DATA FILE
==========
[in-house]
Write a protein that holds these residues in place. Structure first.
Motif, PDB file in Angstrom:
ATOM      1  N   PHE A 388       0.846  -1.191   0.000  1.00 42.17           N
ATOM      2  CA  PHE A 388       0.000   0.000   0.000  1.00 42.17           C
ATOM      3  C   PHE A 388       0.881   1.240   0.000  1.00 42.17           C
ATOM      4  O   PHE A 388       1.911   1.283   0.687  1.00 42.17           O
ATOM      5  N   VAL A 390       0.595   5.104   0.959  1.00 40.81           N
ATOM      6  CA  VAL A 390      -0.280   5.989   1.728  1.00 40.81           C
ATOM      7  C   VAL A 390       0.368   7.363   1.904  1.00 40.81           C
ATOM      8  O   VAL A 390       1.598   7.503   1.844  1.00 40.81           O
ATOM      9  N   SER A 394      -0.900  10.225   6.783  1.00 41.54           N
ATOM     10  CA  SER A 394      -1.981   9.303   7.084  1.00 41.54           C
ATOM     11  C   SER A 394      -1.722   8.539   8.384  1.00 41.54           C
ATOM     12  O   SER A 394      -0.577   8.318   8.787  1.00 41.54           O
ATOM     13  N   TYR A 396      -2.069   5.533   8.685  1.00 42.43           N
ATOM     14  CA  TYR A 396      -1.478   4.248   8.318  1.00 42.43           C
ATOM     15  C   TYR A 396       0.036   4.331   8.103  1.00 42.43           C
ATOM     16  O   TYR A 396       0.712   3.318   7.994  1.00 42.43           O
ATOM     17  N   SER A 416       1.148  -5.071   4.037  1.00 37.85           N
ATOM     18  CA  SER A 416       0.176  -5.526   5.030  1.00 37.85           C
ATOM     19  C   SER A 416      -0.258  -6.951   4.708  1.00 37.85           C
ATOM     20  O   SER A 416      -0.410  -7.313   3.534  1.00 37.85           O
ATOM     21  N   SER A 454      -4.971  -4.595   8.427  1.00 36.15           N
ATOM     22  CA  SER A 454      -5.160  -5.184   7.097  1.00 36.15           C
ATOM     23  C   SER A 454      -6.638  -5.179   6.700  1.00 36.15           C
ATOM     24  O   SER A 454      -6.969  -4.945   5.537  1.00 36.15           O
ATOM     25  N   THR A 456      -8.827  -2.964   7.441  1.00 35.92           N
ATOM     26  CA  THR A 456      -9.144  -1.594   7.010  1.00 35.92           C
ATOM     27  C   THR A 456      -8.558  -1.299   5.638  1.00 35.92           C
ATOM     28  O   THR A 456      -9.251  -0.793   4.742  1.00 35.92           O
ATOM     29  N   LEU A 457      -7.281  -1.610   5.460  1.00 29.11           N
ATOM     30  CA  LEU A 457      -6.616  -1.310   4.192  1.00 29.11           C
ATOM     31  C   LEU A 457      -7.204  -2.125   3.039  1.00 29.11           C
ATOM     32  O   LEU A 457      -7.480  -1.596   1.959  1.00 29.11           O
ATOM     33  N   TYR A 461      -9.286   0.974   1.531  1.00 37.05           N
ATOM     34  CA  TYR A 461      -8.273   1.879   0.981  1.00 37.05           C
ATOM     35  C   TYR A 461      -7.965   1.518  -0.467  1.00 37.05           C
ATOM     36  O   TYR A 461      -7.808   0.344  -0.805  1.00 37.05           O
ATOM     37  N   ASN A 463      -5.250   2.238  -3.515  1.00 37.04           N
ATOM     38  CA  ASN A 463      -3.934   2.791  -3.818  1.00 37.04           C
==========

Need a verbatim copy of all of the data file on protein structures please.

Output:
[in-house]
Write a protein that holds these residues in place. Structure first.
Motif, PDB file in Angstrom:
ATOM      1  N   PHE A 388       0.846  -1.191   0.000  1.00 42.17           N
ATOM      2  CA  PHE A 388       0.000   0.000   0.000  1.00 42.17           C
ATOM      3  C   PHE A 388       0.881   1.240   0.000  1.00 42.17           C
ATOM      4  O   PHE A 388       1.911   1.283   0.687  1.00 42.17           O
ATOM      5  N   VAL A 390       0.595   5.104   0.959  1.00 40.81           N
ATOM      6  CA  VAL A 390      -0.280   5.989   1.728  1.00 40.81           C
ATOM      7  C   VAL A 390       0.368   7.363   1.904  1.00 40.81           C
ATOM      8  O   VAL A 390       1.598   7.503   1.844  1.00 40.81           O
ATOM      9  N   SER A 394      -0.900  10.225   6.783  1.00 41.54           N
ATOM     10  CA  SER A 394      -1.981   9.303   7.084  1.00 41.54           C
ATOM     11  C   SER A 394      -1.722   8.539   8.384  1.00 41.54           C
ATOM     12  O   SER A 394      -0.577   8.318   8.787  1.00 41.54           O
ATOM     13  N   TYR A 396      -2.069   5.533   8.685  1.00 42.43           N
ATOM     14  CA  TYR A 396      -1.478   4.248   8.318  1.00 42.43           C
ATOM     15  C   TYR A 396       0.036   4.331   8.103  1.00 42.43           C
ATOM     16  O   TYR A 396       0.712   3.318   7.994  1.00 42.43           O
ATOM     17  N   SER A 416       1.148  -5.071   4.037  1.00 37.85           N
ATOM     18  CA  SER A 416       0.176  -5.526   5.030  1.00 37.85           C
ATOM     19  C   SER A 416      -0.258  -6.951   4.708  1.00 37.85           C
ATOM     20  O   SER A 416      -0.410  -7.313   3.534  1.00 37.85           O
ATOM     21  N   SER A 454      -4.971  -4.595   8.427  1.00 36.15           N
ATOM     22  CA  SER A 454      -5.160  -5.184   7.097  1.00 36.15           C
ATOM     23  C   SER A 454      -6.638  -5.179   6.700  1.00 36.15           C
ATOM     24  O   SER A 454      -6.969  -4.945   5.537  1.00 36.15           O
ATOM     25  N   THR A 456      -8.827  -2.964   7.441  1.00 35.92           N
ATOM     26  CA  THR A 456      -9.144  -1.594   7.010  1.00 35.92           C
ATOM     27  C   THR A 456      -8.558  -1.299   5.638  1.00 35.92           C
ATOM     28  O   THR A 456      -9.251  -0.793   4.742  1.00 35.92           O
ATOM     29  N   LEU A 457      -7.281  -1.610   5.460  1.00 29.11           N
ATOM     30  CA  LEU A 457      -6.616  -1.310   4.192  1.00 29.11           C
ATOM     31  C   LEU A 457      -7.204  -2.125   3.039  1.00 29.11           C
ATOM     32  O   LEU A 457      -7.480  -1.596   1.959  1.00 29.11           O
ATOM     33  N   TYR A 461      -9.286   0.974   1.531  1.00 37.05           N
ATOM     34  CA  TYR A 461      -8.273   1.879   0.981  1.00 37.05           C
ATOM     35  C   TYR A 461      -7.965   1.518  -0.467  1.00 37.05           C
ATOM     36  O   TYR A 461      -7.808   0.344  -0.805  1.00 37.05           O
ATOM     37  N   ASN A 463      -5.250   2.238  -3.515  1.00 37.04           N
ATOM     38  CA  ASN A 463      -3.934   2.791  -3.818  1.00 37.04           C